"Robert J. Bradbury" wrote:
> There is one "catch" with humans however. We have not been engineered
> to operate well at low temperatures. Squirrels, turtles, bears, some fish,
> etc. have carefully tuned their genomes so their enzymes operate over
> a wider temperature range (or they have temperature dependent expression
> of the enzyme variants adapated to the different temperatures). I believe
> if you cool humans down too much the heart will stop beating.
I did not expect the heart to keep beating. It is the restart that is the trick, and worth studying if not for hibernation, then just to extend the rescue time for drowning victims.
> The other problem is that until you have relatively automated vital
> signs observations you probably shouldn't hibernate in anyplace but
> an intensive care unit. That makes it a pretty expensive nap.
Yes, I expect it would be at first. However, when relatively automated it would not take much to support large groups.
I envisioned people floating in chambers wearing something that looks like a wet suit, but works like a cross between a G-suit and a portable iron lung. Rhythmic pressure around the legs and arms alternates with pressure around the chest to circulate the blood (this presumes the individual still has operational heart valves), with periodic lung inflation. At very low metabolism, the need for blood flow is greatly reduced, and flotation makes the job much easier.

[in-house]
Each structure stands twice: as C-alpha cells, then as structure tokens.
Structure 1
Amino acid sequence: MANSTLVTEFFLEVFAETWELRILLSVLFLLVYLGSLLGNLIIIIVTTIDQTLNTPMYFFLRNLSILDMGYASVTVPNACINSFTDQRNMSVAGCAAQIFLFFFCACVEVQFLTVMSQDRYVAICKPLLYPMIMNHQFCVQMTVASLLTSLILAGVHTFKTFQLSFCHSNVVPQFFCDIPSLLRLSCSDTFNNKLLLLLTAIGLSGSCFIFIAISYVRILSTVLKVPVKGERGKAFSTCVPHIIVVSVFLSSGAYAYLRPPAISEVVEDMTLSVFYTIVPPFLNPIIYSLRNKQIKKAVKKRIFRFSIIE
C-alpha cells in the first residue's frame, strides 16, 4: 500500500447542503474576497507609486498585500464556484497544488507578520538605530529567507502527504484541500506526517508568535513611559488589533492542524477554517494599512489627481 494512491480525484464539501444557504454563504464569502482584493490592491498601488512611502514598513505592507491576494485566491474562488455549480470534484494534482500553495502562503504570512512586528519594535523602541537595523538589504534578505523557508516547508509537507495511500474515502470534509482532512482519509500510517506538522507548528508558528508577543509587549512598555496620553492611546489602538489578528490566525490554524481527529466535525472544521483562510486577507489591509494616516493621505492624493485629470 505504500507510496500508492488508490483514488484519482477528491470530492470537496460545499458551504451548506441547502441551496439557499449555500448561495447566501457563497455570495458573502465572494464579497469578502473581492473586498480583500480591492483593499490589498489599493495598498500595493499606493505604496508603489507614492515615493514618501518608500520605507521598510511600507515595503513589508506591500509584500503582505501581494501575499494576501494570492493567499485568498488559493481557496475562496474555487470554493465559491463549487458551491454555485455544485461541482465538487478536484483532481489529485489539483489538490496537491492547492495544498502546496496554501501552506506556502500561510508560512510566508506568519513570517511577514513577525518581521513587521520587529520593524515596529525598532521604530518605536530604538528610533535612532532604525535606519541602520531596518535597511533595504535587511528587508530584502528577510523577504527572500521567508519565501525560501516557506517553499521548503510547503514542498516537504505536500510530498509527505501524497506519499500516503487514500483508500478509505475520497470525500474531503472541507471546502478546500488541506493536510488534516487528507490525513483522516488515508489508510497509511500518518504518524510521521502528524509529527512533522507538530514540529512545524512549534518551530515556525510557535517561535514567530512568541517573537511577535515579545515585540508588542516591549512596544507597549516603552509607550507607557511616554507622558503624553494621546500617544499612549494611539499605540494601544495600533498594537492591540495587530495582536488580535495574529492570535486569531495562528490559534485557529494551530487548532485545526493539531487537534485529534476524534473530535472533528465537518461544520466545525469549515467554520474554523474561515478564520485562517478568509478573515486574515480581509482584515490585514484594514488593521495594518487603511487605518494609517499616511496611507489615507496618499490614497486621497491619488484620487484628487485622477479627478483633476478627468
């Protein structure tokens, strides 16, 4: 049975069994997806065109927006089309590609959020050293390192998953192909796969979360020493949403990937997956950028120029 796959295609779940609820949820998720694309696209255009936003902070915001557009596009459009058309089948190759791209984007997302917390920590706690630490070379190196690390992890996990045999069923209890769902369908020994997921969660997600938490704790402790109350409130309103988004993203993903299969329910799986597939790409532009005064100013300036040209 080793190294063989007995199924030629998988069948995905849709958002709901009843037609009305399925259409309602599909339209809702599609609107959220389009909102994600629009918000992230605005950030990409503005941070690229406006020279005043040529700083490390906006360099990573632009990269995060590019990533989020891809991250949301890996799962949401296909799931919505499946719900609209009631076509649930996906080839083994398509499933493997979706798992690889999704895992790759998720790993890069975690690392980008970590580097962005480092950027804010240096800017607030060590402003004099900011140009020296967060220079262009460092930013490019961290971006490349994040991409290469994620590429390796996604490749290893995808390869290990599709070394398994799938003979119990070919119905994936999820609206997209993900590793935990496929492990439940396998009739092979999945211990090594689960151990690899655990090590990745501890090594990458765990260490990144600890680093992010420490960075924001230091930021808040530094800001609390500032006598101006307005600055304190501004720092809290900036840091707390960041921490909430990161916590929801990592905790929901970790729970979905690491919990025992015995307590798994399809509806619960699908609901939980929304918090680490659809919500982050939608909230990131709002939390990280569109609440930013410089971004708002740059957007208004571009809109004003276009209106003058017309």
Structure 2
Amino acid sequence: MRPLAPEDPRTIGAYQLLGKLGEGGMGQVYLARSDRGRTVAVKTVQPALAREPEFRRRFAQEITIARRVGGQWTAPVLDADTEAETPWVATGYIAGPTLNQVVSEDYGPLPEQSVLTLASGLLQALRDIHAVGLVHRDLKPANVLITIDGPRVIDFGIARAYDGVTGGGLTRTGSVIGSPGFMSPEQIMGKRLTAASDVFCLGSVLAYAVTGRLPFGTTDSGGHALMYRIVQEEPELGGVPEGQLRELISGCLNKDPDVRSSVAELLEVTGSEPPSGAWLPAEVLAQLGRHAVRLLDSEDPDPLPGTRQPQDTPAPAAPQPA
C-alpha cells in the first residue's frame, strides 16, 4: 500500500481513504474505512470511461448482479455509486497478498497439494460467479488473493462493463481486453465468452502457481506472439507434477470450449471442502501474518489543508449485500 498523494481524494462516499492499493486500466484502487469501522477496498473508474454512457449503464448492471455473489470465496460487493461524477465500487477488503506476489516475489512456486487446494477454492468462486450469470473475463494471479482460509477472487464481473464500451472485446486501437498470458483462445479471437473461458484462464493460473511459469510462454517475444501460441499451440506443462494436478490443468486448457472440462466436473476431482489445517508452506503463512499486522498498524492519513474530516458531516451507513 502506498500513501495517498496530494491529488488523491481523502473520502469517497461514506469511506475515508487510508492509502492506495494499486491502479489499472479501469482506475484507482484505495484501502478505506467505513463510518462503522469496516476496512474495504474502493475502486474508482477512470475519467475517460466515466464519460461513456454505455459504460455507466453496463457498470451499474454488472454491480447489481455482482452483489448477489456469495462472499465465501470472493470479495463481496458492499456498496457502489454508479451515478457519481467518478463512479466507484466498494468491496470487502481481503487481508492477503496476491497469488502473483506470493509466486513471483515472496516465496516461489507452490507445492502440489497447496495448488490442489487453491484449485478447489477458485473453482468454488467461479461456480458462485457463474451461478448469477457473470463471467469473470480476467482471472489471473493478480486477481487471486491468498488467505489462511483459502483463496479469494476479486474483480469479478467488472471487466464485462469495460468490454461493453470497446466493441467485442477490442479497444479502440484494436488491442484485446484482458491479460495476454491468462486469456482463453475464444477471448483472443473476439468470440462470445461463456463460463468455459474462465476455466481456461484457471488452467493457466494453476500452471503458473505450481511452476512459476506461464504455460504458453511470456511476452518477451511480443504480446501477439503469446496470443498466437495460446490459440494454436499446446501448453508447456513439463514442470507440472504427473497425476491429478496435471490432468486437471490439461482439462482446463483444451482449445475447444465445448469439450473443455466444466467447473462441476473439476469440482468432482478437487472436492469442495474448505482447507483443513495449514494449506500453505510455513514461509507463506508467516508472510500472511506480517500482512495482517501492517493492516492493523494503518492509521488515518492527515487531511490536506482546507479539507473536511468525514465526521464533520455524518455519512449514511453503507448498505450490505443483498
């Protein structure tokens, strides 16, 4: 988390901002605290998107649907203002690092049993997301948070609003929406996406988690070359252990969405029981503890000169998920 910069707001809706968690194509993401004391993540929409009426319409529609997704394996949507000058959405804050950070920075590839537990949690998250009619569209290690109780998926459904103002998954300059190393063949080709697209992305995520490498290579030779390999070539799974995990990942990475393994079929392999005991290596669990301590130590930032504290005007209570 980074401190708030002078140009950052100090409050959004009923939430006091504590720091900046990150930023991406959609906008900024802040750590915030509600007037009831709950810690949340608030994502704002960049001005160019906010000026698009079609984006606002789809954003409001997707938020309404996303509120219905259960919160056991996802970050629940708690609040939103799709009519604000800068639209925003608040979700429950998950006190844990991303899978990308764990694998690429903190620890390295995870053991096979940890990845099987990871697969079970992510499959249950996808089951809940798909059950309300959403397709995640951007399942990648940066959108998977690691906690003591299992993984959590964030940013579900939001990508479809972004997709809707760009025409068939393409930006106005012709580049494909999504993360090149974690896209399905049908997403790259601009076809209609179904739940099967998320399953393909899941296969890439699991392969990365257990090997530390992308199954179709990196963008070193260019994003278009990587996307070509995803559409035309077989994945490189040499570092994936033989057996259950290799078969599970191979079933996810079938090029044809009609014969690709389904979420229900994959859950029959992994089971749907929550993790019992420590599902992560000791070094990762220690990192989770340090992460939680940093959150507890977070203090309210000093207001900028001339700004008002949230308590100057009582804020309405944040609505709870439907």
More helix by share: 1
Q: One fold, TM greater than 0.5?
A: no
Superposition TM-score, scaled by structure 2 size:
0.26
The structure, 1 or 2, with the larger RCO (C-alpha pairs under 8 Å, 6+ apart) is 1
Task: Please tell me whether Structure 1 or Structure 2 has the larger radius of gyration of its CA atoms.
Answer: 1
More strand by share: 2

> Whether you could push metabolism down to 10% of normal is iffy.
> An interesting question would be whether you could lower the
> metabolism to hibernation levels *but* maintain the body at a
> more reasonable operating temperature (warm it from the outside
> in instead of the inside out).
That is certainly worth looking into. You would have to check to see that the kinds of things you are trying to avoid are all metabolism effects and not just temperature effects, or there would be no point.
> The decrease in metabolic activities cited above should retard
> most diseases as well. You might have to be careful about the
> bacteria in your gut. If they evolved variants that could be
> more active at a lower temperature or were more aggressive
> about invading your cells while your immune system was on
> standby, then you could be in a very bad situation. Remember,
> your body could be breakfast, lunch and dinner for the "parasites".
Yes, I thought about this as well. Some protozoa do quite well at low temperatures and if not prevented, you would be duck soup to them.
> Nanobots can target the cancer cells on the basis of temperature
> differences (and this is covered to some degree in Nanomedcine vol. 1).
Once there is MNT, there is no need for this or cryonics or just about anything I would design in the mean time.
Thank you for your comments.